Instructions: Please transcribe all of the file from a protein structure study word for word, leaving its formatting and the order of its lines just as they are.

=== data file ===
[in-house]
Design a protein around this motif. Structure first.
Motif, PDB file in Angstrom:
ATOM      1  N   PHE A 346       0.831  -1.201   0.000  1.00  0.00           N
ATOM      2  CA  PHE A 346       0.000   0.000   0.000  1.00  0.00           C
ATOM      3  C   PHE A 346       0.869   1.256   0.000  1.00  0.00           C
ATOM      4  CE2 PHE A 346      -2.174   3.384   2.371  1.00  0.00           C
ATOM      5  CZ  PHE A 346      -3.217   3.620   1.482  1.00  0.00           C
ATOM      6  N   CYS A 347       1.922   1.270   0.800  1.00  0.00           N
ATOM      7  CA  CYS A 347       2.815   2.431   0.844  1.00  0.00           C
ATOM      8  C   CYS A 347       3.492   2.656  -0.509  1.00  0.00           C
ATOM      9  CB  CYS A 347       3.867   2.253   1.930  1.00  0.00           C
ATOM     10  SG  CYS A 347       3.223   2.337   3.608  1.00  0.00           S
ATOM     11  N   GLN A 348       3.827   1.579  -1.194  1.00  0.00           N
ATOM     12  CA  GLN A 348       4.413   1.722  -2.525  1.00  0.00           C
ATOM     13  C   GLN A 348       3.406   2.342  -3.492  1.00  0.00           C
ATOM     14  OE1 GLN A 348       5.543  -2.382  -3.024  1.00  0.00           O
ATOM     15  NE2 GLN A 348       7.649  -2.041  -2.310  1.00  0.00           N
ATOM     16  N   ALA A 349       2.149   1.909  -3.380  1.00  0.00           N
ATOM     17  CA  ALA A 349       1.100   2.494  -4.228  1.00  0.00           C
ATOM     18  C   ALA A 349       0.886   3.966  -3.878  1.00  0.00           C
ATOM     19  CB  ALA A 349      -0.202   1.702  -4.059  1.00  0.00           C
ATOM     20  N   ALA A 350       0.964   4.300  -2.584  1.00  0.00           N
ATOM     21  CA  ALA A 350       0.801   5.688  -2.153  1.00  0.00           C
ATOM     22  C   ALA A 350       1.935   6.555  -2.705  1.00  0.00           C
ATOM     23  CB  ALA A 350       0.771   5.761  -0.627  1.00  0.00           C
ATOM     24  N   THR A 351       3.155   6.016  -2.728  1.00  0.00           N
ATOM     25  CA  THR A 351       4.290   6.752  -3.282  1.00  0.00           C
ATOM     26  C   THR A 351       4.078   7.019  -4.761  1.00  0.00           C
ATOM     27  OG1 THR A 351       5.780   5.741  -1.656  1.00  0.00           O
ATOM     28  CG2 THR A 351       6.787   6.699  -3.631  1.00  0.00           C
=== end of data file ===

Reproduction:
[in-house]
Design a protein around this motif. Structure first.
Motif, PDB file in Angstrom:
ATOM      1  N   PHE A 346       0.831  -1.201   0.000  1.00  0.00           N
ATOM      2  CA  PHE A 346       0.000   0.000   0.000  1.00  0.00           C
ATOM      3  C   PHE A 346       0.869   1.256   0.000  1.00  0.00           C
ATOM      4  CE2 PHE A 346      -2.174   3.384   2.371  1.00  0.00           C
ATOM      5  CZ  PHE A 346      -3.217   3.620   1.482  1.00  0.00           C
ATOM      6  N   CYS A 347       1.922   1.270   0.800  1.00  0.00           N
ATOM      7  CA  CYS A 347       2.815   2.431   0.844  1.00  0.00           C
ATOM      8  C   CYS A 347       3.492   2.656  -0.509  1.00  0.00           C
ATOM      9  CB  CYS A 347       3.867   2.253   1.930  1.00  0.00           C
ATOM     10  SG  CYS A 347       3.223   2.337   3.608  1.00  0.00           S
ATOM     11  N   GLN A 348       3.827   1.579  -1.194  1.00  0.00           N
ATOM     12  CA  GLN A 348       4.413   1.722  -2.525  1.00  0.00           C
ATOM     13  C   GLN A 348       3.406   2.342  -3.492  1.00  0.00           C
ATOM     14  OE1 GLN A 348       5.543  -2.382  -3.024  1.00  0.00           O
ATOM     15  NE2 GLN A 348       7.649  -2.041  -2.310  1.00  0.00           N
ATOM     16  N   ALA A 349       2.149   1.909  -3.380  1.00  0.00           N
ATOM     17  CA  ALA A 349       1.100   2.494  -4.228  1.00  0.00           C
ATOM     18  C   ALA A 349       0.886   3.966  -3.878  1.00  0.00           C
ATOM     19  CB  ALA A 349      -0.202   1.702  -4.059  1.00  0.00           C
ATOM     20  N   ALA A 350       0.964   4.300  -2.584  1.00  0.00           N
ATOM     21  CA  ALA A 350       0.801   5.688  -2.153  1.00  0.00           C
ATOM     22  C   ALA A 350       1.935   6.555  -2.705  1.00  0.00           C
ATOM     23  CB  ALA A 350       0.771   5.761  -0.627  1.00  0.00           C
ATOM     24  N   THR A 351       3.155   6.016  -2.728  1.00  0.00           N
ATOM     25  CA  THR A 351       4.290   6.752  -3.282  1.00  0.00           C
ATOM     26  C   THR A 351       4.078   7.019  -4.761  1.00  0.00           C
ATOM     27  OG1 THR A 351       5.780   5.741  -1.656  1.00  0.00           O
ATOM     28  CG2 THR A 351       6.787   6.699  -3.631  1.00  0.00           C